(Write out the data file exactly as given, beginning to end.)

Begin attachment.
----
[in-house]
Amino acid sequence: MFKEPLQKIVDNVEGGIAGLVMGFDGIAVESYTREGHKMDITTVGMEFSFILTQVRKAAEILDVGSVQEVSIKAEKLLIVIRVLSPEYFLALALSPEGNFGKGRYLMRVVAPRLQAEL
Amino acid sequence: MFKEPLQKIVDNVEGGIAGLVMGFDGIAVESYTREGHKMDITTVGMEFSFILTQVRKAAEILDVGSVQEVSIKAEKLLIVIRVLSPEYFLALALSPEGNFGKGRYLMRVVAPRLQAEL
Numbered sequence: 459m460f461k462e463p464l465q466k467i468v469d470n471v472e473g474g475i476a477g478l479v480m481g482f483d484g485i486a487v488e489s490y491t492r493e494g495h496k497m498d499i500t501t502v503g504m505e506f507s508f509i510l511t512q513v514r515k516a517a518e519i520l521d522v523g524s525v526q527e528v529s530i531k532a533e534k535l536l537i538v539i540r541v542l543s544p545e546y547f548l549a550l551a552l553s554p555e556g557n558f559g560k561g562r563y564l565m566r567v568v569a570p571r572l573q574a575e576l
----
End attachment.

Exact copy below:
[in-house]
Amino acid sequence: MFKEPLQKIVDNVEGGIAGLVMGFDGIAVESYTREGHKMDITTVGMEFSFILTQVRKAAEILDVGSVQEVSIKAEKLLIVIRVLSPEYFLALALSPEGNFGKGRYLMRVVAPRLQAEL
Amino acid sequence: MFKEPLQKIVDNVEGGIAGLVMGFDGIAVESYTREGHKMDITTVGMEFSFILTQVRKAAEILDVGSVQEVSIKAEKLLIVIRVLSPEYFLALALSPEGNFGKGRYLMRVVAPRLQAEL
Numbered sequence: 459m460f461k462e463p464l465q466k467i468v469d470n471v472e473g474g475i476a477g478l479v480m481g482f483d484g485i486a487v488e489s490y491t492r493e494g495h496k497m498d499i500t501t502v503g504m505e506f507s508f509i510l511t512q513v514r515k516a517a518e519i520l521d522v523g524s525v526q527e528v529s530i531k532a533e534k535l536l537i538v539i540r541v542l543s544p545e546y547f548l549a550l551a552l553s554p555e556g557n558f559g560k561g562r563y564l565m566r567v568v569a570p571r572l573q574a575e576l